WHAT IS THE MAIN OBJECTIVE OF THE OPEN RAN POLICY COALITION (ORPC)?

28 May 2020

AUTHORED BY: John Baker

As a founding member of the Open RAN Policy Coalition since February, Mavenir is proud to sit on its newly formed Board of Directors. Membership continues to gain traction as Nokia announced on Friday, May 22, they will join our group of over 32 member organizations. More companies are waiting in the wings to become membersHere is the stated mission of ORPC

The Open RAN Policy Coalition is a group of companies formed to promote policies that will advance the adoption of open and interoperable solutions in the Radio Access Network (RAN) as a means to create innovation, spur competition and expand the supply chain for advanced wireless technologies including 5G.  

The key objective of the Open RAN Policy Coalition is to promote open interfaces and interoperability. The telco industry is crying out to widen and grow the supply chain. It is not a standards body like O-RAN Alliance although they are a member of this Coalition. TIP (Telecom Infra Project) is also a member and their stated mission is to validate the technology and ensure it is generally available. Neither O-RAN nor TIP is focused on policy. ORPC is filling a need in taking the broad work of those two organizations and channeling it toward government initiatives. ORPC drives policy to make sure standards are open and interoperable going forward in contrast to standards bodies like 3GPP which have missed the mark in the past.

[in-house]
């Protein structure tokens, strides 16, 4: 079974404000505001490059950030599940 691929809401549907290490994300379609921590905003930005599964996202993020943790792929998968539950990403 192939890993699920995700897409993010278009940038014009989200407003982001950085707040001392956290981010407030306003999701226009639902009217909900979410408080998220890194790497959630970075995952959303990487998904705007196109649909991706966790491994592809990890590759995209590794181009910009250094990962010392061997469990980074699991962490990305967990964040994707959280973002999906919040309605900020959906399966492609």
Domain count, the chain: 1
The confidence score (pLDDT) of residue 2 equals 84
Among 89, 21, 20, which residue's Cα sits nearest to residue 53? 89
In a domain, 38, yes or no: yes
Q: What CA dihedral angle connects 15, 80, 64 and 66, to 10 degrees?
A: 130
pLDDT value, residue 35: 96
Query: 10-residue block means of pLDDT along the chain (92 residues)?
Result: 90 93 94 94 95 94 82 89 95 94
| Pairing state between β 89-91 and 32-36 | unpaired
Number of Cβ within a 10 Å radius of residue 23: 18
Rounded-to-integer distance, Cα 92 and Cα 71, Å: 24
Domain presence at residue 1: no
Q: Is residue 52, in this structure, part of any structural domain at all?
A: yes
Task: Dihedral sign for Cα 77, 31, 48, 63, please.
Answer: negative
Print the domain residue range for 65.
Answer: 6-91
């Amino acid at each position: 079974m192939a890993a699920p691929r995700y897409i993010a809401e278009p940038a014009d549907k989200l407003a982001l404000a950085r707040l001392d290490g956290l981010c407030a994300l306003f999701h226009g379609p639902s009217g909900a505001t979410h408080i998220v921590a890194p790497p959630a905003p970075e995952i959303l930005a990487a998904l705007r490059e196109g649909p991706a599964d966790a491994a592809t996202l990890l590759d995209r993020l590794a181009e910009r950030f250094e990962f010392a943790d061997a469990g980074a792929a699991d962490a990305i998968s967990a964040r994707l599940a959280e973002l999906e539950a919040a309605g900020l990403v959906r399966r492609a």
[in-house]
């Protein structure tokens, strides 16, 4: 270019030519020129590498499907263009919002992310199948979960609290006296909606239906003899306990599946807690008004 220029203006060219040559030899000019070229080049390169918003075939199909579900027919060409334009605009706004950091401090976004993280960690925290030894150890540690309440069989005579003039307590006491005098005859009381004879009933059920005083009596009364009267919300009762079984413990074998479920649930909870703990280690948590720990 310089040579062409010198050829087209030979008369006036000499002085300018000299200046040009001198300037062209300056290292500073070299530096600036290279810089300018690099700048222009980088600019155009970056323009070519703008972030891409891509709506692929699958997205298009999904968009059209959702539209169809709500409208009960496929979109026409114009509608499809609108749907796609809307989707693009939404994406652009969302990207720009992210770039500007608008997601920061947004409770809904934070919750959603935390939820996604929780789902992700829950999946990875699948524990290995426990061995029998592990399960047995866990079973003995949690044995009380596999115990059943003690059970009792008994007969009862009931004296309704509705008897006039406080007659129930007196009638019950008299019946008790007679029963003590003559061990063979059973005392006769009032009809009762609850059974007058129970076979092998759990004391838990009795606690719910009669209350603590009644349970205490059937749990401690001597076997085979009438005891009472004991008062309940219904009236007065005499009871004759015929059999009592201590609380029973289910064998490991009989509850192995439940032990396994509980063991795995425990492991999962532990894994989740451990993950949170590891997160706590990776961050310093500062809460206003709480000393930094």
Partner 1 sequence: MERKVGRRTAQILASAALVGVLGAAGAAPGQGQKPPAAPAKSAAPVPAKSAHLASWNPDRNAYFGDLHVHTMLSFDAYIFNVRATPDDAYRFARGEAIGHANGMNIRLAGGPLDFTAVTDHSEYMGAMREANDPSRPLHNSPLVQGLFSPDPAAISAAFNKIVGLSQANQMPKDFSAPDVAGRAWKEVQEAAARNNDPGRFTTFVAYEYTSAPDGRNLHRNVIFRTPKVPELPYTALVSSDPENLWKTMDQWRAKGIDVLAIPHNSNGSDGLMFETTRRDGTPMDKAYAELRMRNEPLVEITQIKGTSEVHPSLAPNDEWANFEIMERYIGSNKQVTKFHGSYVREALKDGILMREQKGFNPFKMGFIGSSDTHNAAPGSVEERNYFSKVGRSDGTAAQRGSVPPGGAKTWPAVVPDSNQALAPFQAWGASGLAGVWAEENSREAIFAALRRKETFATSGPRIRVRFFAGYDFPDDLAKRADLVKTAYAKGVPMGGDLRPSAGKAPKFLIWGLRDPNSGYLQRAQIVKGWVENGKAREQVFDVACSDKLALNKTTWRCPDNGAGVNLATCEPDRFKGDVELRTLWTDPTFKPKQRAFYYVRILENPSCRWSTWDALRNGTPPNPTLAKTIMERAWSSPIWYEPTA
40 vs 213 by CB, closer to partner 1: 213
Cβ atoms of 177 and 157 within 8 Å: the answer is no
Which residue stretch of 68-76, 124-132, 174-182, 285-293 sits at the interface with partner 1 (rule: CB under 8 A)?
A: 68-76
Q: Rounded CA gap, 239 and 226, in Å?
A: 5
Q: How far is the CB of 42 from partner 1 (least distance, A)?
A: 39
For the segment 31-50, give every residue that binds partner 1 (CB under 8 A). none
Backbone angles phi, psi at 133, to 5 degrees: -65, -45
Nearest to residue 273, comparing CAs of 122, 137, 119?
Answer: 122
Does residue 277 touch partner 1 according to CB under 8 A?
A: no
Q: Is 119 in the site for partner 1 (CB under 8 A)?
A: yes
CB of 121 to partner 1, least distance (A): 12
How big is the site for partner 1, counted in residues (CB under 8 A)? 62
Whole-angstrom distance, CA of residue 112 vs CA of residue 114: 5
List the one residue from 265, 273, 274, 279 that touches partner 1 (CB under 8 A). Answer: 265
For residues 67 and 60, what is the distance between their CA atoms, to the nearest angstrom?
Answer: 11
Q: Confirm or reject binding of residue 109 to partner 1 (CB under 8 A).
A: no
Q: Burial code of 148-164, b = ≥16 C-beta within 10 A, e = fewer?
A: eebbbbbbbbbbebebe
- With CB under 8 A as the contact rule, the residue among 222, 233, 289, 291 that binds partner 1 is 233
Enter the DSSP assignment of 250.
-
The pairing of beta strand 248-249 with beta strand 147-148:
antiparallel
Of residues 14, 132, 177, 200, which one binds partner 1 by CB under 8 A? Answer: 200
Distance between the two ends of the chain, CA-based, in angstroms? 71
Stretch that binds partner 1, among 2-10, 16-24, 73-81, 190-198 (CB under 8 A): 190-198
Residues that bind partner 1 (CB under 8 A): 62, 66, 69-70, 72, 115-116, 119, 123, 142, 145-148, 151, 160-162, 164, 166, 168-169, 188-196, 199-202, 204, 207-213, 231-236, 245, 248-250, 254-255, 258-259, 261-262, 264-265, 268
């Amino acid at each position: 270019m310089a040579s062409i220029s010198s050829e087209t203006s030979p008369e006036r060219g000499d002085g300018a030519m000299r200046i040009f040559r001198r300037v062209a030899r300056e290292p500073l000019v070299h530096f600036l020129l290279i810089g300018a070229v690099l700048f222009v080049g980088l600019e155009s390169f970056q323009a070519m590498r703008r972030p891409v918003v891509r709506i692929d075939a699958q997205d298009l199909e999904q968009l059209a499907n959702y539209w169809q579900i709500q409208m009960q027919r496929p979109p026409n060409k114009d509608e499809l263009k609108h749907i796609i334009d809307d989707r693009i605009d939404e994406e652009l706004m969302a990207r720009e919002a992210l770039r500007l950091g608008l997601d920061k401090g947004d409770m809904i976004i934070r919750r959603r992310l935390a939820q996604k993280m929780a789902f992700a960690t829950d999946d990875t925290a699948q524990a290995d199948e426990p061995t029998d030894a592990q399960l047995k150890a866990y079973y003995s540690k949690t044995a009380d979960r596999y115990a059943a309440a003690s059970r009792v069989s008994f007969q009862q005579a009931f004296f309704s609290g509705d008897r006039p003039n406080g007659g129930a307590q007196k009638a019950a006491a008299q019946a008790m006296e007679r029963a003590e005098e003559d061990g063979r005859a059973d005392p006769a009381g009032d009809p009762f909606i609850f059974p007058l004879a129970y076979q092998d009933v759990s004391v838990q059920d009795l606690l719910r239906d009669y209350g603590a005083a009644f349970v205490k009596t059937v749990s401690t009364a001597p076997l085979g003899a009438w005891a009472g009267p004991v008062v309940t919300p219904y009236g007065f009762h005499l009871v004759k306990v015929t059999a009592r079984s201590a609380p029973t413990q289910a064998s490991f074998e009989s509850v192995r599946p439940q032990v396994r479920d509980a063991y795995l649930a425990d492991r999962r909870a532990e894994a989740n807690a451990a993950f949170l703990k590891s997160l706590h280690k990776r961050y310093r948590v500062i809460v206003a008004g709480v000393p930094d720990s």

ORPC defines Open RAN as open interfaces and interoperables that are technology-agnostic. A white box should work with any other box.  What is built within the boxes should be up to the operators. ORPC will not tell carriers how to make products but rather the goal is to protect networks of the future and promote security.  For example, if there is a problem with one element of the network, it can easily be swapped out for another vendor’s element. This provides competition. Legacy incumbents Nokia, Ericsson, and Huawei need to publish the interfaces.  A good start would be the radios on the tower that have proprietary interfaces that were derived from a 3GPP specification.

If the Big 3 would publish radio interfaces, those radios would meet the definition of Open RAN.  Would this negatively impact their business? There are two ways to look at this situation. First, if the Big 3 publish and embrace open interfaces today, it will take time for others to build products from that specification. How much market share will really be lost?   

Secondly, if the Big 3 won’t publish the radio interfaces, operators will start using a new specification. This scenario should be more of a concern regarding the potential loss of business by not publishing. ORPC and Open RAN are all about correcting a problem from 3GPP standards. Open standards drive innovation and drive product. This lack of openness is what has caused global operators to join the ORPC to push open standards policy. 

Carriers are long frustrated waiting for years on new features. Until new suppliers are available, operators are stuck. New interfaces are critical and the industry is now down to two suppliers for their equipment. What if something should happen to one of those suppliers? Look at the US with Tier 2 and 3 operators needing to rip out and replace a whole network. If those networks had been open, hardware could have remained. This is happening all around the world. How to interface with another vendor’s legacy equipment? 

This Coalition of carriers and vendors does not exist to cut out Huawei and other Chinese vendors. From a vendor-based perspective, it is about promoting open specifications to widen the supply chain and those same rules apply not only to Ericsson and Nokia, but also to Huawei and ZTE. All vendors need to open up the interfaces to open up the supply chain.